Do Fish Ever Sleep?
Yes, fish sleep. Because fish have no eyelids, they cannot close their eyes, and it may look as though they never sleep. Many fish sleep by simply remaining very still in the water. Others lie on the bottom, resting upright or on their sides. And a few others wriggle into the sand on the water’s floor.
In this way, fish rest their bodies as you and I do when we sleep. Fish don’t sleep as soundly as we humans do, and the slightest disturbance will wake them. If you happen to see your pet fish lying quietly in the water, it is very likely that it is sleeping.
Research shows that fish may reduce their activity and metabolism while remaining alert to danger. Some fish float in place, some wedge themselves into a secure spot in the mud or coral, and some even locate a suitable nest. These periods of “suspended animation” may perform the same restorative functions as sleep does in people.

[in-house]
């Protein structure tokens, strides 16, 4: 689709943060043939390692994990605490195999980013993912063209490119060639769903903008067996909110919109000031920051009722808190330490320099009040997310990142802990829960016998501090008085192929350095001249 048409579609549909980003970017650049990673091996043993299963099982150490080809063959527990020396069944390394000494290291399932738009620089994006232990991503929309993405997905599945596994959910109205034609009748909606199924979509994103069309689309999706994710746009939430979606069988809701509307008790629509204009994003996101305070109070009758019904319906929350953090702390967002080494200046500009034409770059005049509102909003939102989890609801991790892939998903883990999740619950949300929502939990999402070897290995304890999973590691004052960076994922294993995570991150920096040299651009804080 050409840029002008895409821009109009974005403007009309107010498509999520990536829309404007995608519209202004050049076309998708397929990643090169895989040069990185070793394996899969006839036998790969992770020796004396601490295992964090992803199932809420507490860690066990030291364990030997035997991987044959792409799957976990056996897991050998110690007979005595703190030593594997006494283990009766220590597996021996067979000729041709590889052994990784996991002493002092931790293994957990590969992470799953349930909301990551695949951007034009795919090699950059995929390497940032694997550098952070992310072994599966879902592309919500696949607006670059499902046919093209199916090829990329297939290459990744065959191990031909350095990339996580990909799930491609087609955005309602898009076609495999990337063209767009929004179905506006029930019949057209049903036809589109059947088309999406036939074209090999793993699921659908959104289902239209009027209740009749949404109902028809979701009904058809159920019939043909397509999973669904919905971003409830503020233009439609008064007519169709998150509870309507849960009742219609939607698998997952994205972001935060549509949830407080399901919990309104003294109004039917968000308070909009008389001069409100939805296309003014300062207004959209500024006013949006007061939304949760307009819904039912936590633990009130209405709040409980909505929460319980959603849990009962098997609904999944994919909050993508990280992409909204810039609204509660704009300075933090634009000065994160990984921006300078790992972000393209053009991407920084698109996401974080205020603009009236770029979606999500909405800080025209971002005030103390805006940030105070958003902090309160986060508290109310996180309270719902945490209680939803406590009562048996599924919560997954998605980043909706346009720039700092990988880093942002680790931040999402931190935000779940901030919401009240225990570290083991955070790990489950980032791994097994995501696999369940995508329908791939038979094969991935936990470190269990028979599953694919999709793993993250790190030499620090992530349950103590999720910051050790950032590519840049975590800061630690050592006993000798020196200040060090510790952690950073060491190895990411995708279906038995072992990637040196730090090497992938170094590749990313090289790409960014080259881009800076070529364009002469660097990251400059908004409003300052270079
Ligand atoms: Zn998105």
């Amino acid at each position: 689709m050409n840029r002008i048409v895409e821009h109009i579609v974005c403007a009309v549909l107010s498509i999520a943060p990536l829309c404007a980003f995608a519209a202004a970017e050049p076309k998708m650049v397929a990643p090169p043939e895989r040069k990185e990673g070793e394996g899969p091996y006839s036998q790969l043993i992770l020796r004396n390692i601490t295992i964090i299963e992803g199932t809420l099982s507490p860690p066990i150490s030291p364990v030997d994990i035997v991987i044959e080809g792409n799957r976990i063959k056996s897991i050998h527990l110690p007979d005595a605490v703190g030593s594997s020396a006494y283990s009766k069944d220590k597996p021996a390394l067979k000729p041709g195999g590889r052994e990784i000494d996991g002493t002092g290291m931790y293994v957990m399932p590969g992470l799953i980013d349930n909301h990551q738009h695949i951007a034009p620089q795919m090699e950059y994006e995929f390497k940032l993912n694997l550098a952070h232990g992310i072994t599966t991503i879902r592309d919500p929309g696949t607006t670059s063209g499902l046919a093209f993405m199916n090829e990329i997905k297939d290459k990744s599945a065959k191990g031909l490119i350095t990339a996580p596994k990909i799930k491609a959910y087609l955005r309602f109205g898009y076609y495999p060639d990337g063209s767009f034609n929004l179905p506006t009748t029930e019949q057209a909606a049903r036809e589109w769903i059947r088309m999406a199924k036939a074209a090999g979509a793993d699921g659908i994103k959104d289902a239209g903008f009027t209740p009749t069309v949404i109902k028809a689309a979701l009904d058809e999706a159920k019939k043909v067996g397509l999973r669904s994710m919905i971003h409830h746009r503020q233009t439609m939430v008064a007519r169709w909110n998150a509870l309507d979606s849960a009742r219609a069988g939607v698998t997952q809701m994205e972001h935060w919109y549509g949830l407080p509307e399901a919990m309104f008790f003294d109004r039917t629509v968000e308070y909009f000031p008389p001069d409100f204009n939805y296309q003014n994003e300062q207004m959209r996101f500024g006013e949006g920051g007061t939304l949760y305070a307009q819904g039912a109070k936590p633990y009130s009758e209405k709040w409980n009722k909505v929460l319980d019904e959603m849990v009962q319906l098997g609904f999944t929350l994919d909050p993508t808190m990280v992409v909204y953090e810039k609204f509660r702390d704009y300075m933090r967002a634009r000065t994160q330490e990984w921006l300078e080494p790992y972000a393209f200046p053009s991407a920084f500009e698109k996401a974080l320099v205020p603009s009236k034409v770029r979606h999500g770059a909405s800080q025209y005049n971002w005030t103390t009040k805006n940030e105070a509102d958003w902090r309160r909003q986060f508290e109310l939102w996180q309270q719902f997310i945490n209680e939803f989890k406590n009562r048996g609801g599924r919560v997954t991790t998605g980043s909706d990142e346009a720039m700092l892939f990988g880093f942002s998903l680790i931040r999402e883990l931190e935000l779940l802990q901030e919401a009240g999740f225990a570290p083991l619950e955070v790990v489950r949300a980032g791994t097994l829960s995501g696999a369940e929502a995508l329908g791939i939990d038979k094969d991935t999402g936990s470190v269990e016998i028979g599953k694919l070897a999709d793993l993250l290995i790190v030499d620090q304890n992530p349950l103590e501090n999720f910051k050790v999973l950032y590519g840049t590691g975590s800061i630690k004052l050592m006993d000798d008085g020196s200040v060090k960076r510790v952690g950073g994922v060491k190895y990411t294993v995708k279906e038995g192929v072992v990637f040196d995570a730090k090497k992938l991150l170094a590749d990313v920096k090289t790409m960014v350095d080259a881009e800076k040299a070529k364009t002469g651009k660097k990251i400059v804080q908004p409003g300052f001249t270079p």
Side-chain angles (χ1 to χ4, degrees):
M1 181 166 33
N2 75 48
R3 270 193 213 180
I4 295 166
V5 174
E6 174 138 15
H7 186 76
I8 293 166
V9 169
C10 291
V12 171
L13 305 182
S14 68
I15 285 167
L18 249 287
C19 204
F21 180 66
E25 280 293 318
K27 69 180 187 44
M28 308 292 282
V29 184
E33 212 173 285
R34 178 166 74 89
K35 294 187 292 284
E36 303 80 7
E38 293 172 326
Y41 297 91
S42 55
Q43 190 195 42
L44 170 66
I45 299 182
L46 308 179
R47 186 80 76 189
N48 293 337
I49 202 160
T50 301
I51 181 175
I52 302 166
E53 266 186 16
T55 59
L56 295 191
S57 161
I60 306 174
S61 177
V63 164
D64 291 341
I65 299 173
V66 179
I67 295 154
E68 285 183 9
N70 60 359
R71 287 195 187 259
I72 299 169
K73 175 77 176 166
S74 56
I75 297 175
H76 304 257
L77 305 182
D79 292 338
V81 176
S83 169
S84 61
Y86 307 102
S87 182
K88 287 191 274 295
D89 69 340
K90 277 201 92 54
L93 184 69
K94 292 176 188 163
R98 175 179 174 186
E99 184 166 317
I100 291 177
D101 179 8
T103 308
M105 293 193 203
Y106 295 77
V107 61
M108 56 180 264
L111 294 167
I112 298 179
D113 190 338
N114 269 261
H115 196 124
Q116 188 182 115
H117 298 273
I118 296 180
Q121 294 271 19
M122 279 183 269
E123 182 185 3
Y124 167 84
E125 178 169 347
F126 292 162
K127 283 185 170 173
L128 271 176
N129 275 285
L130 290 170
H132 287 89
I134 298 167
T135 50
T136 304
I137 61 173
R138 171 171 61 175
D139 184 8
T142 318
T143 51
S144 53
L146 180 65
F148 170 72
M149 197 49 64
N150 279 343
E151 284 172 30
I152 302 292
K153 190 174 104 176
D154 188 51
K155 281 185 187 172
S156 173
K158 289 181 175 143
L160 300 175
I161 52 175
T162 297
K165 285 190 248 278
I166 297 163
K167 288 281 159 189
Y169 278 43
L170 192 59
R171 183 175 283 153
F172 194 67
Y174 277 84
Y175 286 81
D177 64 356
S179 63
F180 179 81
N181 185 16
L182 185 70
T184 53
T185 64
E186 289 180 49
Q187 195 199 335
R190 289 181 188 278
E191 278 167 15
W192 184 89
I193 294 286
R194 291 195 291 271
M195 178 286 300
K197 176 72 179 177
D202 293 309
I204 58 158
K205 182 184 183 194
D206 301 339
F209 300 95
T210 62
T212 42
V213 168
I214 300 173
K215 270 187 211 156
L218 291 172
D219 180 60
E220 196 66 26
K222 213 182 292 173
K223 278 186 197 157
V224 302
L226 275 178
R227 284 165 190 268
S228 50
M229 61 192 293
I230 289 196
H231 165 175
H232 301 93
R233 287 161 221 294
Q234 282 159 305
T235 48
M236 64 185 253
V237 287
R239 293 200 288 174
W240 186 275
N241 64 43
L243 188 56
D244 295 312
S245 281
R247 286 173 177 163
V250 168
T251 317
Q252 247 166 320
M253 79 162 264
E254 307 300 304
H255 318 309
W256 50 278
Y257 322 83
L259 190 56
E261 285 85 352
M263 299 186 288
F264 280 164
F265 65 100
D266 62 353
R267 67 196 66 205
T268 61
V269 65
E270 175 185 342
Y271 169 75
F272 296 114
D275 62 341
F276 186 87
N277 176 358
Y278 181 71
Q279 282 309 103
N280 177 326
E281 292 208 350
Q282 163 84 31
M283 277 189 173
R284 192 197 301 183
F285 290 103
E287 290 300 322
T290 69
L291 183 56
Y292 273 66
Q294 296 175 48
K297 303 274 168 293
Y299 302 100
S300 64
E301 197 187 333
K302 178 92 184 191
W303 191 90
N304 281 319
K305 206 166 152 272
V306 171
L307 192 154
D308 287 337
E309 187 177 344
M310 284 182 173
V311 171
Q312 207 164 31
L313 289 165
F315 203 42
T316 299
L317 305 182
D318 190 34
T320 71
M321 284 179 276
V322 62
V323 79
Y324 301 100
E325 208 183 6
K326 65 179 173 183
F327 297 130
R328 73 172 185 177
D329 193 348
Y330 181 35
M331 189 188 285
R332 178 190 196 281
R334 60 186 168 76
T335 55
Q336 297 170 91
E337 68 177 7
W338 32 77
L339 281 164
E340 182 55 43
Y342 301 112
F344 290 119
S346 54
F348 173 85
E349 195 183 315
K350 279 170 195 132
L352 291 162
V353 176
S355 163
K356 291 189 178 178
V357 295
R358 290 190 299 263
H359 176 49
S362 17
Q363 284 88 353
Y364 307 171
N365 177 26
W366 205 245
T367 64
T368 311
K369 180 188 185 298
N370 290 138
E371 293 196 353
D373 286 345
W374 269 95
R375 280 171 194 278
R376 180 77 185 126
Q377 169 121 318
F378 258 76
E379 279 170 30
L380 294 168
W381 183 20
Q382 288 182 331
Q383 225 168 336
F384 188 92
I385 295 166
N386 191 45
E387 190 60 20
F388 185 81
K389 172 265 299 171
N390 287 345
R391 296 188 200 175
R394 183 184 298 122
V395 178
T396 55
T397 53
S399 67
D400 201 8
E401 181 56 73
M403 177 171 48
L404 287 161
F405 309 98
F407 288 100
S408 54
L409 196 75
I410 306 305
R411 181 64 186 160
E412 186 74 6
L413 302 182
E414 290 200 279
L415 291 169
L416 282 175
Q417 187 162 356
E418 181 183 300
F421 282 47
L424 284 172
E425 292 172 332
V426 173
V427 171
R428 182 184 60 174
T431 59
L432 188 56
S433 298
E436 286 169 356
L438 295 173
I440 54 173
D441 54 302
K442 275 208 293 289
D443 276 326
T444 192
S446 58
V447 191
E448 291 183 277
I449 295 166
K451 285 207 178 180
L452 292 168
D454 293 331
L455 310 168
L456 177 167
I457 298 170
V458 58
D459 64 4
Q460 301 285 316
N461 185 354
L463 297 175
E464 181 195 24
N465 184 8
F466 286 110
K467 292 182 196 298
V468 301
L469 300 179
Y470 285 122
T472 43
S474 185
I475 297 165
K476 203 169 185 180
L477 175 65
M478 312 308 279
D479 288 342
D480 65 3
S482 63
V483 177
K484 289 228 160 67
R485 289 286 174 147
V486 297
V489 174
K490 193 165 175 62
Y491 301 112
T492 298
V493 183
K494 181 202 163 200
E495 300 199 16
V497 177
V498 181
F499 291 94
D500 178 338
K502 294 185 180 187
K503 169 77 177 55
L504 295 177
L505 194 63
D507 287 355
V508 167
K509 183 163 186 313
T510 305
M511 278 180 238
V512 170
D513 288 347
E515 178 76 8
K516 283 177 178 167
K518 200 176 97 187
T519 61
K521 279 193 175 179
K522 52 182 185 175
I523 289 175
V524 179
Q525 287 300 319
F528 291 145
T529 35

Sometimes people see fish when they’re sleeping and assume they’re awake because they’re still moving. Most fish need to keep moving even when they’re sleeping, so that they keep a constant flow of water moving past their gills to maintain a proper oxygen level in their bodies.
For some larger fish, like sharks, this can take the form of swimming at a slower rate when sleeping. Smaller fish might be able to do nothing more than occasionally move their fins.